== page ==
Framing the Dialogue

Free to Choose

It often amazes me when I find a book written many years ago that still has so much relevance to today. Free to Choose was written over thirty years ago yet addresses many of today’s problems.  Written by Milton and Rose Friedman is “A Personal Statement” by two excellent economists and “unravel the mysteries of economics for the man or woman in the street (Wall Street or Main Street).”  That quote from the book cover may be a little cheesy, but the Friedmans cover a variety of economic topics in an interesting and understandable manner.

It is obvious that the Friedmans are free market economists and offer an in depth overview of market principles.  There is a lot to learn from them about America’s beginnings:

“The story of the United States is the story of an economic miracle and a political miracle that was made possible by the translation into practice of two sets of ideas – both, by a curious coincidence, formulated in documents published in the same year, 1776.  One set of ideas was embodied the The Wealth of Nations, the masterpiece that established the Scotsman Adam Smith as the father of modern economics…The second set of ideas was embodied in the Declaration of Independence…it proclaimed a new nation, the first in history established on the principle that every person is entitled to pursue their own values…To Smith and Jefferson, government’s role was as an umpire, not a participant.” [emphasis added]

Regardless of progressive assertions that the United States has been too much at the mercy of businesses and Wall Street, America is far, far from a free market economy unlike:

“Hong Kong has no tariffs or other restraints on international trade…It has no government direction of economic activity, no minimum wage laws, no fixing of prices.  The residents are free to buy from whomever they want, sell to whom they want, to invest however they want, to hire whom they want, to work for whom they want…low taxes preserve incentives.  Businessmen can reap the benefits of their success but must also bear the costs of their mistakes.”

There was a great deal of concern when, in 1997, the colony was put back under control of China.  Even the Chinese seemed to understand that Hong Kong’s success was not something to tinker with.  What a long way we have come when Communist China accepts more free market principles than out government and elected officials.  In the United States Progressive thinking centers around spreading wealth, redistribution for some ideological quest for:

“A very different meaning of equality has emerged in the United States in recent decades – equality of outcome.  Everyone should have the same level of living or of income, should finish the race at the same time.  Equality of outcome is in clear conflict with liberty.”

And in contrast:

“equality of opportunity is not to be interpreted literally.  Its real meaning is perhaps best expressed by the French expression dating from the French Revolution:  Une carriére ouvert aux les talents – a career open to the talents.  No arbitrary obstacles should prevent people from achieving those positions for which their talents fit them and which their values lead them to seek.”

Is there any doubt which equality our Founders had in mind?  Sometimes reading these books make me long for that kind of free society and discouraged by what we actually have.  We should celebrate that, while we have veered far off of the path, we are not quite off of the cliff just yet.  It would be great to have high school students learn about REAL economics.  I find it interesting that we teach children how to balance a checkbook (though not so much anymore in school), but not how free markets work and what they are missing in intrusive big government and I’ll leave you with the Friedmans Constitutional amendments that would put the brakes on the federal government:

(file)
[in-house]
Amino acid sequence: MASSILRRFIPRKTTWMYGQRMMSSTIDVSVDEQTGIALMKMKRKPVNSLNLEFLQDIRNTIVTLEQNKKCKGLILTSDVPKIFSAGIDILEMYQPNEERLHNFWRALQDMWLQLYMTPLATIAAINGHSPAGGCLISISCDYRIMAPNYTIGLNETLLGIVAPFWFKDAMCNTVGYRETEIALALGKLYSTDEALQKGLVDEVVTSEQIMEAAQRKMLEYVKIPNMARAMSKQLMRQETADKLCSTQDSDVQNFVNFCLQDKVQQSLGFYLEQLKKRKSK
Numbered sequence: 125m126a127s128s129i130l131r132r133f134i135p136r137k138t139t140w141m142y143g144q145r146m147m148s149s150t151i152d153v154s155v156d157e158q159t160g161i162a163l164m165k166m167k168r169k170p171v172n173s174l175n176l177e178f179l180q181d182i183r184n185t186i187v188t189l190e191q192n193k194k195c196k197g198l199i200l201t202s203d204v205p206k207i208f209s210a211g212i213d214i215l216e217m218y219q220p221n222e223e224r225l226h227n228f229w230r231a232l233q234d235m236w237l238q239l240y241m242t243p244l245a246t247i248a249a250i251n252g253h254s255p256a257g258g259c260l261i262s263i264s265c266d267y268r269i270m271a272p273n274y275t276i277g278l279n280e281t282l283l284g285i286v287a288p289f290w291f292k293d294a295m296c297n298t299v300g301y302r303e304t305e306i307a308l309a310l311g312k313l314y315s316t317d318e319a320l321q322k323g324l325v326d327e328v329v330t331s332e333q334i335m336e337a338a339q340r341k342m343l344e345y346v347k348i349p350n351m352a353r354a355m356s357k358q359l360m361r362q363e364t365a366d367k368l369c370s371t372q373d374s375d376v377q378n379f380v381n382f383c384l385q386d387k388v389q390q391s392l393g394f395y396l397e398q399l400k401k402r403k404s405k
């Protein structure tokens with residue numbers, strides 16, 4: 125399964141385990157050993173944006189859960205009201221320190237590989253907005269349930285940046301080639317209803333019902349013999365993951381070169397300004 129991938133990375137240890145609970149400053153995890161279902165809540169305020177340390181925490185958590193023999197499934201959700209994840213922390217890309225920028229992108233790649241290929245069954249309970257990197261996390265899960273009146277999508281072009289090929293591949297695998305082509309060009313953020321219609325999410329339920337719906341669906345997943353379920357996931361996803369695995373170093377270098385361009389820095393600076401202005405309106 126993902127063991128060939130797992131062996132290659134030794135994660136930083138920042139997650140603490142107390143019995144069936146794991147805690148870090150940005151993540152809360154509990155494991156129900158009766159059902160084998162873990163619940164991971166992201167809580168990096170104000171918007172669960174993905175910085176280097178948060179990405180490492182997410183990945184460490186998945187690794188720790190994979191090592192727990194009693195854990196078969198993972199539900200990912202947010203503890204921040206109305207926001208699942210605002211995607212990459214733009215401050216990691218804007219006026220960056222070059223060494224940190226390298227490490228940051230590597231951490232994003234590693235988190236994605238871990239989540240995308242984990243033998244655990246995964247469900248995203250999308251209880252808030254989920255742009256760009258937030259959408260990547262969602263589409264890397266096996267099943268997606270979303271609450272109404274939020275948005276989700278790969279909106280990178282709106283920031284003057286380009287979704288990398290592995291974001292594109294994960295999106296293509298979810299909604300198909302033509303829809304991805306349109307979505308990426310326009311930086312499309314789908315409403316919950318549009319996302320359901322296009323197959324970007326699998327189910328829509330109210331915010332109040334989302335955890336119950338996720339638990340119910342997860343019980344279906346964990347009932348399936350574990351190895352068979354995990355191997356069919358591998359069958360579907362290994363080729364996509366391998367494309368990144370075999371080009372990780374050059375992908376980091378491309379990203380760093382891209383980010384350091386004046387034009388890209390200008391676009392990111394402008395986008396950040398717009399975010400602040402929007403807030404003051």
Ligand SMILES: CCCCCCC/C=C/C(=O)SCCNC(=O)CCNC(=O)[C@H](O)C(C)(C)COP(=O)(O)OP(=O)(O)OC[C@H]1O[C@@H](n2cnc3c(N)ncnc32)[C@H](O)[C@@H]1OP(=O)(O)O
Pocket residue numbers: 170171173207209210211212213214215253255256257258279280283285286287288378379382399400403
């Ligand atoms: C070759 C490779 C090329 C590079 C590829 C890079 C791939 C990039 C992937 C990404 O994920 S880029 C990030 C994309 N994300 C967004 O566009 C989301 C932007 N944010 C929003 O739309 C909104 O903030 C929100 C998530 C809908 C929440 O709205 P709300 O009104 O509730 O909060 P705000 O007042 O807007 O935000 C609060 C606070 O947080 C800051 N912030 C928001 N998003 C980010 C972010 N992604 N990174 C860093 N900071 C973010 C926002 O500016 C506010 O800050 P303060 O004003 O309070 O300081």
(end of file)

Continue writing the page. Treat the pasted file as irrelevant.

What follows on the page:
1. Congress shall not lay any imposts or duties on imports or exports, except what may be absolutely necessary for executing its inspection laws.
  2. Congress shall make no laws abridging the freedom of sellers of goods or labor to price their products or services.
  3. Not State shall make or impose any law which shall abridge the right of any citizen of the United States to follow any occupation or profession of his choice.
  4. The right of the people to buy and sell legitimate goods and services at mutually acceptable terms shall not be infringed by Congress or any of the States.
  5. The Congress shall have power to lay and collect taxes on incomes of persons, from whatever sources derived, without apportionment among the several States, and without regard to any census or enumeration, provided that the same tax rate is applied to all income in excess of occupational and business expenses and a personal allowance of a fixed amount.  The word “person” shall exclude corporations and other artificial persons.
  6. Congress shall have the power to authorize non-interest-bearing obligations of the government in the form of currency or book entries, provided that the total dollar amount outstanding increases by no more than 5 percent per year and no less than 3 percent.
  7. All contracts between the U.S. government and other parties stated in dollars, and all dollar sums contained in federal laws, shall be adjusted annually to allow for the change in the general level of prices during the prior year.

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